CQF - Information Sessions & Free Sample Lectures

An Interesting Quote

I recently started to re-read Paul Krugman´s “The Accidental Theorist” (I have always deeply admired his writing style, though I half-regret his semi-conversion from international economist into political pundit), and came across the following quote: “The old cliches are absolutely true: it is not only harder but more time-consuming to write a 1300-word, plain-English article for the general public than to write a 5000-word, equation-laden paper for a professional journal”.

Insightful stuff. My gut feeling tells me that he is correct. But if so, what are the implications for academic careerism? I mean, if what Krugman says is true, shouldn´t universities value original pieces in general interest publications at least as highly as theoretical contributions in jargon-filled journals? For a piece to be published in, say, the NY Times or the Financial Times it usually must contain a pretty high degree of originality and insightfulness (if only because you are competing with dozens of other potential contributors). In contrast, many of the things that find a home inside academic journals tend not to offer much that´s really new, let alone stuff that a non-academic would want to browse through.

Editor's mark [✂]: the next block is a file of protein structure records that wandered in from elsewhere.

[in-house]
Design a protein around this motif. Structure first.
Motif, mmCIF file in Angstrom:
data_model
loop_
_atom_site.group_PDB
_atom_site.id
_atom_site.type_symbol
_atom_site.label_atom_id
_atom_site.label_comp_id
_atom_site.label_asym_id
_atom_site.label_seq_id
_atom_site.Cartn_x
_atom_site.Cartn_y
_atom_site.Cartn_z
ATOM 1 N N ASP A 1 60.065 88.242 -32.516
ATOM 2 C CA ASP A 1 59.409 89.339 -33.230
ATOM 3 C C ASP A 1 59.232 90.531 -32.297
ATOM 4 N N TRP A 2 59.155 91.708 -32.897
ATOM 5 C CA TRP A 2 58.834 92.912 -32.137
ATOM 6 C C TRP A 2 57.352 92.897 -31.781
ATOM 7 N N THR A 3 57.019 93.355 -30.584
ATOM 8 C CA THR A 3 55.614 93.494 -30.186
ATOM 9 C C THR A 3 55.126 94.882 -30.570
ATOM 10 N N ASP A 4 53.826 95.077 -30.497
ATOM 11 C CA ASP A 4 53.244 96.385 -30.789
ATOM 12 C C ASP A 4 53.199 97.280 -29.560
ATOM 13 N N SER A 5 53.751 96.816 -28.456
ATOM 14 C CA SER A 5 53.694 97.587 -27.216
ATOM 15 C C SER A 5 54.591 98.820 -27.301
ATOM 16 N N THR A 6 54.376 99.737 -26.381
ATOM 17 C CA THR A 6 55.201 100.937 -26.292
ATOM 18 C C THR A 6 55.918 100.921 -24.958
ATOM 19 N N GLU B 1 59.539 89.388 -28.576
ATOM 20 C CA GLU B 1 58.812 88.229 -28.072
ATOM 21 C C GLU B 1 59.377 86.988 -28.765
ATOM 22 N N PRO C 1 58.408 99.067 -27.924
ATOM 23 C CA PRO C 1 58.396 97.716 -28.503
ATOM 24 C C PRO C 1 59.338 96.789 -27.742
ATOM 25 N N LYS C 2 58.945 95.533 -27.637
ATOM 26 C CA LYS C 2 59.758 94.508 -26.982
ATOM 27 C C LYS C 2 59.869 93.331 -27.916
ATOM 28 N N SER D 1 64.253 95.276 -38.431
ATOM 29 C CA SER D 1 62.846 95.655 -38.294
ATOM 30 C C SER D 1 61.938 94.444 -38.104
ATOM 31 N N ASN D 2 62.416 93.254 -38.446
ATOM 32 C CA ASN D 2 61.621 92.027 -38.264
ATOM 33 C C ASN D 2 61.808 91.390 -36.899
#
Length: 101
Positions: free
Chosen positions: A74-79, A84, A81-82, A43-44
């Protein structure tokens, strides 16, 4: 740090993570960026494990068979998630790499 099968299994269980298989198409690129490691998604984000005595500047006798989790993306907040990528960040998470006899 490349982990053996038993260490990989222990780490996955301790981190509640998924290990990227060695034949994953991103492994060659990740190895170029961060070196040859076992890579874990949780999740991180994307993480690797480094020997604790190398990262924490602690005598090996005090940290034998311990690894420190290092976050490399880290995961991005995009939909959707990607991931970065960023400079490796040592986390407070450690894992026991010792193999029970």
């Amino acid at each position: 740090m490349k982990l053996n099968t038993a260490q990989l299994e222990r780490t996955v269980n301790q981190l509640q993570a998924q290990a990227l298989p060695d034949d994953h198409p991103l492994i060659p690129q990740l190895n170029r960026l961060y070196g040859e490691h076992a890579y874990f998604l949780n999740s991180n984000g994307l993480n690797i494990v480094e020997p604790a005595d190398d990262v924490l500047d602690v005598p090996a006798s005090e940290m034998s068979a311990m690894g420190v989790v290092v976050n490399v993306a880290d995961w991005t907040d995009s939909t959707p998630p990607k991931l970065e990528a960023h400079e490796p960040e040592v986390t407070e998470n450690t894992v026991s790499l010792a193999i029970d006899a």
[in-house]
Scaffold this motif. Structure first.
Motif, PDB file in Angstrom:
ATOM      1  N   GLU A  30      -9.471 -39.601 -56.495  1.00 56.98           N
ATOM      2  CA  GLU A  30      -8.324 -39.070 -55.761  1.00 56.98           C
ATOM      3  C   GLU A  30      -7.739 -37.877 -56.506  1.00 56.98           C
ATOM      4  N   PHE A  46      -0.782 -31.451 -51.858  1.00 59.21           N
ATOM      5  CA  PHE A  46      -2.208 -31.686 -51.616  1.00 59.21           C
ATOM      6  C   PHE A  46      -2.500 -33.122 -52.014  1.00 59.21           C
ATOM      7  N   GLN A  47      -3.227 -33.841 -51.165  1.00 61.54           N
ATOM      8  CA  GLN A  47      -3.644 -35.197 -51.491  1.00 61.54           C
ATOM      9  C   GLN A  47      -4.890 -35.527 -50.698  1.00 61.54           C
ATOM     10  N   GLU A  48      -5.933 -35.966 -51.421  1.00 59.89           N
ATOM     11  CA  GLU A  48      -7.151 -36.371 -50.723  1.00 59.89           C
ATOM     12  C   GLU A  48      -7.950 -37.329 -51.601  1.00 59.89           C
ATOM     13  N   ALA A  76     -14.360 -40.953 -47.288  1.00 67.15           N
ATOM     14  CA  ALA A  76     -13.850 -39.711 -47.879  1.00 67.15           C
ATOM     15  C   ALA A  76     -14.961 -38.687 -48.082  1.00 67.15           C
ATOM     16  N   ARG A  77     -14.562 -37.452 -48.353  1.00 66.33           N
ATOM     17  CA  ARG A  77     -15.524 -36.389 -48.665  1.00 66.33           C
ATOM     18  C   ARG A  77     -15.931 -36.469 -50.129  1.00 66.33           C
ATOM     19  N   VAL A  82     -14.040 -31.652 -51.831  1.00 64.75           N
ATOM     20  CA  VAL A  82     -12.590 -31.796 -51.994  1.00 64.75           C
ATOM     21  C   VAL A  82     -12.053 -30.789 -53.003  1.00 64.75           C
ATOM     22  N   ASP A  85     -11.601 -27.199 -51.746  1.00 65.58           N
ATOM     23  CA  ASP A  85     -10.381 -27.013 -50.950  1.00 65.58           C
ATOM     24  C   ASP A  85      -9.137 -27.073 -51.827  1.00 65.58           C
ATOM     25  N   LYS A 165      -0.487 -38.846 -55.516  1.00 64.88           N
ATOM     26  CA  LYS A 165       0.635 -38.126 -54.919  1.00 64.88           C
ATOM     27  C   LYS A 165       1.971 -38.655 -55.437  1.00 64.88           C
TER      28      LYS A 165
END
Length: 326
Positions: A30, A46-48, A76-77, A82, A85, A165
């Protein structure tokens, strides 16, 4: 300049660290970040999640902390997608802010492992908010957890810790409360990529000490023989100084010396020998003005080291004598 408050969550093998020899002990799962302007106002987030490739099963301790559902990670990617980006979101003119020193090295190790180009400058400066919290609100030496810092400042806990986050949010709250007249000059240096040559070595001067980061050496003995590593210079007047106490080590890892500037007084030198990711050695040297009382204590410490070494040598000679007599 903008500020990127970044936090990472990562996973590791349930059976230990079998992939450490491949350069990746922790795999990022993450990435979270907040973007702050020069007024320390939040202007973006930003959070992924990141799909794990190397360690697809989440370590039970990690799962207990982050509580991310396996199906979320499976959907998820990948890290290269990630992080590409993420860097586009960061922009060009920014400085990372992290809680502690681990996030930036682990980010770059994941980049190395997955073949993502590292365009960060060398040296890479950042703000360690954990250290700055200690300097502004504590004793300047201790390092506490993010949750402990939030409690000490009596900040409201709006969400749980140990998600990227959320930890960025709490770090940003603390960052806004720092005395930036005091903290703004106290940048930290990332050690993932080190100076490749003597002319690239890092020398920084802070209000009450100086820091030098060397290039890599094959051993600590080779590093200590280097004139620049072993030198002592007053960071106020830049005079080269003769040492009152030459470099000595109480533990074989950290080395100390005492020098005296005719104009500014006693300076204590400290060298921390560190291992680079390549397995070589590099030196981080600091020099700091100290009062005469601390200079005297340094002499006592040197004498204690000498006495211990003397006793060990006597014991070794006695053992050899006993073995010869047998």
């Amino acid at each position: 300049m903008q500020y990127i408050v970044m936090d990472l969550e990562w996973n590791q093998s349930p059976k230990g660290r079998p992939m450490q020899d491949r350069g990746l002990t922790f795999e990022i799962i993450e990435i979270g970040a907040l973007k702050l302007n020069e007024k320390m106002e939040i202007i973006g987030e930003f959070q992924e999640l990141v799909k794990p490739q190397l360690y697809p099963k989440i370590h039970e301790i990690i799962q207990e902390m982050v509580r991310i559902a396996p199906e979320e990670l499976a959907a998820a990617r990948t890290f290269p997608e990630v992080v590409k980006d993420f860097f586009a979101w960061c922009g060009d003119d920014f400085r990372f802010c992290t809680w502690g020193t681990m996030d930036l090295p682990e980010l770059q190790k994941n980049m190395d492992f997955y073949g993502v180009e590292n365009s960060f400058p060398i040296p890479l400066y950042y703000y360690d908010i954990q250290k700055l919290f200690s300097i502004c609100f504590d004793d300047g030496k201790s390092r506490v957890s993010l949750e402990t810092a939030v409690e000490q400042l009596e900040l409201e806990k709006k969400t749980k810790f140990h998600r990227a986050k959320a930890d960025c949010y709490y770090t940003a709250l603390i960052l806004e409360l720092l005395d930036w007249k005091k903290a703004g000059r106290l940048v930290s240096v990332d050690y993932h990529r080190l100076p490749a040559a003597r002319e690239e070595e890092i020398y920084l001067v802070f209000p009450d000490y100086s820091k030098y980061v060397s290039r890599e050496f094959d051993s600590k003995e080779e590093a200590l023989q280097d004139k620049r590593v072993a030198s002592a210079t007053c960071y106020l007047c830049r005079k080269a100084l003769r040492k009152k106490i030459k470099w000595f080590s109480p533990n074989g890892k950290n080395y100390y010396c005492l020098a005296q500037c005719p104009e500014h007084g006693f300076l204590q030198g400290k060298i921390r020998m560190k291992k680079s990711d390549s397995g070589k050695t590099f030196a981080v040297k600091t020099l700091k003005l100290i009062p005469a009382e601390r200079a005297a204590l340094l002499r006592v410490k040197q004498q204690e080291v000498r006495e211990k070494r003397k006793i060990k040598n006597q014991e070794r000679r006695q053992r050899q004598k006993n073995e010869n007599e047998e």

If we all agree that the role of academic institutions should be to advance knowledge, does it make sense to show a bias precisely against those works that a) do offer something innovative, b) reach a lot of folks? Isn´t it a bit contradictory to show a brutal preference towards output that many times presents nothing new and that would only be read by a small group of like-minded peers?.

Executives inside both financial institutions and corporations read the NY Times and the Financial Times everyday (ok, make that the NY Post and the WSJ in some cases). I would bet heavily against the possibility that they also read the Journal of Finance and Econometrica. Economics and Finance departments should be (I guess) expected to try to cater to those people whose very actions the professors try to explain and model. Why, then, would writing for those people be penalized, not rewarded?.

Krugman can boast a powerful combination: a renowned theorist who also happens to know how to talk to the world. Those two attributes make him into a very desirable prospect for any top school in the world. Unfortunately, it seems likely that those institutions would instinctively find the former skill way more valuable than the latter. That´s a pity because, as the Princeton-based man reminds us, developing insights for the average reader is the hardest part.